California Aims to Ban Everything You Might Do, Including Passing New Bans


Before he was appointed chairman of the National Endowment for the Humanities, where he went on to bore an already indifferent country with a taxpayer financed, 50-state "American Civility Tour," former Iowa Republican congressman Jim Leach publicly washed his hands of the GOP in part for the (understandable) reason that, "The party that once emphasized individual rights has gravitated in recent years toward regulating values."

One wonders how Leach and other people who thought they were voting against buttinsky government in 2008 felt while reading this New York Times article from last week with the headline "At Least Fun in the Sun Isn't Banned. For Now…" Excerpt:

Bonfires on the beach? Sorry, Gidget: Newport Beach is waiting for permission from the California Coastal Commission to remove its long-cherished fire pits, which it banned this summer as health hazards. Newport's fleet of diesel-burning yachts are still O.K., but napping in the city's libraries? Forbidden, as of July, along with any "use of perfume or fragrance" that interferes with librarians' "ability to perform duties."

The Los Angeles Unified School District, bowing to pressure from ecologically-minded sixth graders, two weeks ago banned plastic foam trays in cafeterias. On Tuesday, California's Legislature passed a ban on psychotherapy aimed at making gay teenagers straight; the ban was proposed by a state senator from Redondo Beach and is believed to be the first of its kind. On Wednesday, the Legislature forbade the carrying of rifles in public. […]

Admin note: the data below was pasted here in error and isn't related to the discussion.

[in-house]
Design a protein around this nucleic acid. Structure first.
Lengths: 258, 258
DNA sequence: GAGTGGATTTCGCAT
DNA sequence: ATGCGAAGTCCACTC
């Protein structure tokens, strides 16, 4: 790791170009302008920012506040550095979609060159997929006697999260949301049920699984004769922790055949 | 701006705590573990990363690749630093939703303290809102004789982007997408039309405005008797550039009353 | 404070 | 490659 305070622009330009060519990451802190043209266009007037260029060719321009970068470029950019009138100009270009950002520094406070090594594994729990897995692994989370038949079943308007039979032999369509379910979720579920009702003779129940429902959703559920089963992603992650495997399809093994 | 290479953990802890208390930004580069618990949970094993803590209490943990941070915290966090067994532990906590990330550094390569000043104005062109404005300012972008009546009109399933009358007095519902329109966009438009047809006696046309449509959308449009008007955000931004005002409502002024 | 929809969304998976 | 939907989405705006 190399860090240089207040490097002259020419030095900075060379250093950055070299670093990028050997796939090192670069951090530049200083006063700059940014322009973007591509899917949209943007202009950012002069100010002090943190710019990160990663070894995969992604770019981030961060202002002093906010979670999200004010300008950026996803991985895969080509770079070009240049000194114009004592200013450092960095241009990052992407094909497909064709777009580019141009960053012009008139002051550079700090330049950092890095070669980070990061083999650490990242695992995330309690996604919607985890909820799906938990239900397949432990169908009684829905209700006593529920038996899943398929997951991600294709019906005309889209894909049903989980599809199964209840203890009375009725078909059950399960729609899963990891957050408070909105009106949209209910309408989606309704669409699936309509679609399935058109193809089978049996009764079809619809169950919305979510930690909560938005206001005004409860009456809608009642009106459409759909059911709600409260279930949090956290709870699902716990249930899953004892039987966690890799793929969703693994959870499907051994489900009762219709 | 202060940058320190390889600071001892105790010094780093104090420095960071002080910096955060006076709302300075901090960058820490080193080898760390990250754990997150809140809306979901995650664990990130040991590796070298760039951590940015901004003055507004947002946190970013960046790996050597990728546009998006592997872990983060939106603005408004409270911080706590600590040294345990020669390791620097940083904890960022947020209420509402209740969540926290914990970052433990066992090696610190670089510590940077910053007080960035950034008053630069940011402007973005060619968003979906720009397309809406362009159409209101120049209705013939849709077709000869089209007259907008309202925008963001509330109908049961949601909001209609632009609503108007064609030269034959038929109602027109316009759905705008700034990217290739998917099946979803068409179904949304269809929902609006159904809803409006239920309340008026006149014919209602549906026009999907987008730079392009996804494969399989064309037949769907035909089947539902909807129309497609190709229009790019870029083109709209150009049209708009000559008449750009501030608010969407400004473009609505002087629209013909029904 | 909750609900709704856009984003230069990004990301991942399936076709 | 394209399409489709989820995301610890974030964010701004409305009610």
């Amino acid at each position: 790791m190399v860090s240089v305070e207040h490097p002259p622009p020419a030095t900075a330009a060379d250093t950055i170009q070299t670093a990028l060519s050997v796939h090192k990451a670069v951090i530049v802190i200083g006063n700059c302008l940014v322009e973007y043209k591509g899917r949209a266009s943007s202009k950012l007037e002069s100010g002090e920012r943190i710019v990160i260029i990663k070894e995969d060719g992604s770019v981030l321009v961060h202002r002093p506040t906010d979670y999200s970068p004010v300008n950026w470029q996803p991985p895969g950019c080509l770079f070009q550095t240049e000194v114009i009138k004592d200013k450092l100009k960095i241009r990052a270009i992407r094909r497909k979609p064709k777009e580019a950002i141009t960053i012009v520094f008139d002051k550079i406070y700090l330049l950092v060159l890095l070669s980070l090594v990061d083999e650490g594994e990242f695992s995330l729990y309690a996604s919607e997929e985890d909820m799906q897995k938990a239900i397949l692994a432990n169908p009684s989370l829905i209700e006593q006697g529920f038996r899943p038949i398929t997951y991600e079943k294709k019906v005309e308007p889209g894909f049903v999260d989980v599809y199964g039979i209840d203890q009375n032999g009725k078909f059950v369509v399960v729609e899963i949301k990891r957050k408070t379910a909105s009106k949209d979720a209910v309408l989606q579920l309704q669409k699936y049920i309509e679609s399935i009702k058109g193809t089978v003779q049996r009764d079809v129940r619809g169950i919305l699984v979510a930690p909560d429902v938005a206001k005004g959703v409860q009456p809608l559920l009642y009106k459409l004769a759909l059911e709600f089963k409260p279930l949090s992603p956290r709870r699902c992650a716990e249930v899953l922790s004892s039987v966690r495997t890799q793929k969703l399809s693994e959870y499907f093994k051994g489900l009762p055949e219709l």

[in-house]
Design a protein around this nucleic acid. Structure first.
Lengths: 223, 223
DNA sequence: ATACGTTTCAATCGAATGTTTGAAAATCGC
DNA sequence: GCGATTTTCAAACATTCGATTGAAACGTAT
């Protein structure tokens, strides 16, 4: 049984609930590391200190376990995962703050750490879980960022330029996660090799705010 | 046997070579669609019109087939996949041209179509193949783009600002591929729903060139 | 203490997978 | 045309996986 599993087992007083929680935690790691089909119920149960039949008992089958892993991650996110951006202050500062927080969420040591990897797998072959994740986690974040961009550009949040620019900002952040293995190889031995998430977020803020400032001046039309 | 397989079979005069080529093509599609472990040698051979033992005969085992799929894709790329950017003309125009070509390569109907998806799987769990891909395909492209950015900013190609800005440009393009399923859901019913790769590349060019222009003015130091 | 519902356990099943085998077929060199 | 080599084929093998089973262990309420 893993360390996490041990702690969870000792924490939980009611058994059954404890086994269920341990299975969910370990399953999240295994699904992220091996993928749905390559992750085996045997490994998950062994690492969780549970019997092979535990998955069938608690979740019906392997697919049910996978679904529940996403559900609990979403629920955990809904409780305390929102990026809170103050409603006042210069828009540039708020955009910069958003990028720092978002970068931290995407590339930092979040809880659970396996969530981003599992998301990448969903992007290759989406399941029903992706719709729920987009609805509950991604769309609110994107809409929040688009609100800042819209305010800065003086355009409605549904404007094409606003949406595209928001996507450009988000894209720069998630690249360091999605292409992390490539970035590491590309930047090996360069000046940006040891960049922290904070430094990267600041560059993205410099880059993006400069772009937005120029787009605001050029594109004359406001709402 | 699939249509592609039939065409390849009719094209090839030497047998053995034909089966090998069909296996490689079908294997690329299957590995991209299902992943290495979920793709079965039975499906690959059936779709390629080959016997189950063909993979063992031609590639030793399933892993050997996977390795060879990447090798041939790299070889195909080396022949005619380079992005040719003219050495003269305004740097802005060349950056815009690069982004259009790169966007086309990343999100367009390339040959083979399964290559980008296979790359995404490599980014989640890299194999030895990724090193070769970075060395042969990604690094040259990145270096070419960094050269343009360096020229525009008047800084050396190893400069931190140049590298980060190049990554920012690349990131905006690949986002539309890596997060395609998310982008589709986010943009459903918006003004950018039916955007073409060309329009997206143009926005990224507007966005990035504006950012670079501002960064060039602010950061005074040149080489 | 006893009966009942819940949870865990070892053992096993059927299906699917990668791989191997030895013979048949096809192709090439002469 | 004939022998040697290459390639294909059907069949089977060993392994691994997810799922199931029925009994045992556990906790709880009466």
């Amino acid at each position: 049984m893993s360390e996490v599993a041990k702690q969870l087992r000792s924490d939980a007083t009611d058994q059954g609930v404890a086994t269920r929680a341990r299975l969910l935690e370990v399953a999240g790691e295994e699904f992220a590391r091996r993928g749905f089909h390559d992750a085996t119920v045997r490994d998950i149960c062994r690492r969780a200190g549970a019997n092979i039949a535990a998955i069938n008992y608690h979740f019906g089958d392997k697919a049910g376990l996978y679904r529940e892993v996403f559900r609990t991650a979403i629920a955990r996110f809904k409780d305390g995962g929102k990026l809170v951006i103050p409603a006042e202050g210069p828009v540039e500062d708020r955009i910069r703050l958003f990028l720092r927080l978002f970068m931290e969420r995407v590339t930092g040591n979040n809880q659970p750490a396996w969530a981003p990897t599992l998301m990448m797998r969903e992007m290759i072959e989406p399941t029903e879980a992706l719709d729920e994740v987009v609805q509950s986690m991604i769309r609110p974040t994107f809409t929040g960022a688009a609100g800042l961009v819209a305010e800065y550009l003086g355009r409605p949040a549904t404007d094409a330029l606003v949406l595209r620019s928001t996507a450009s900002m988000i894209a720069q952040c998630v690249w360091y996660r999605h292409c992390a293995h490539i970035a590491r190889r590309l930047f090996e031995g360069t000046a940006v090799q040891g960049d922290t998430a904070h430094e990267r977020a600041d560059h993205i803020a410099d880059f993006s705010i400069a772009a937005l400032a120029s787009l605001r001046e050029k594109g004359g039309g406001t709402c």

West Hollywood, which in 2003 became the first city in the country to prohibit the declawing of cats (soon followed by a ban on the purchase of puppy-mill puppies), has a first-in-the-nation ordinance barring the sale of fur beginning next September. […]

Santa Monica made headlines in 1999 when it joined San Francisco in banning A.T.M. fees. The courts blocked that one, but Santa Monica came back with a ban on tall hedges, briefly levying fines of $25,000 a day on violators.

A ban on circumcision ("male genital mutilation") was registered for the Santa Monica ballot last year, then dropped in an ensuing uproar — but not before state legislators got to work on a law banning circumcision bans. It was passed and signed by Gov. Jerry Brown in October. In June, Santa Monica nixed Christmastime nativity scenes in its parks, after tolerating them for 60 years. (Atheists wanted park space, too.)

But that beach town really earned its bones in the ban business with smoking, which is outlawed almost everywhere, including the beach and at A.T.M.'s. Private apartments are one exception, and the city spent much of the summer embroiled in a battle over closing that loophole. Eventually, the push to forbid smoking in apartments was dropped, partly because it would complicate the smoking of medical marijuana.

Reason on Golden State nannyism here.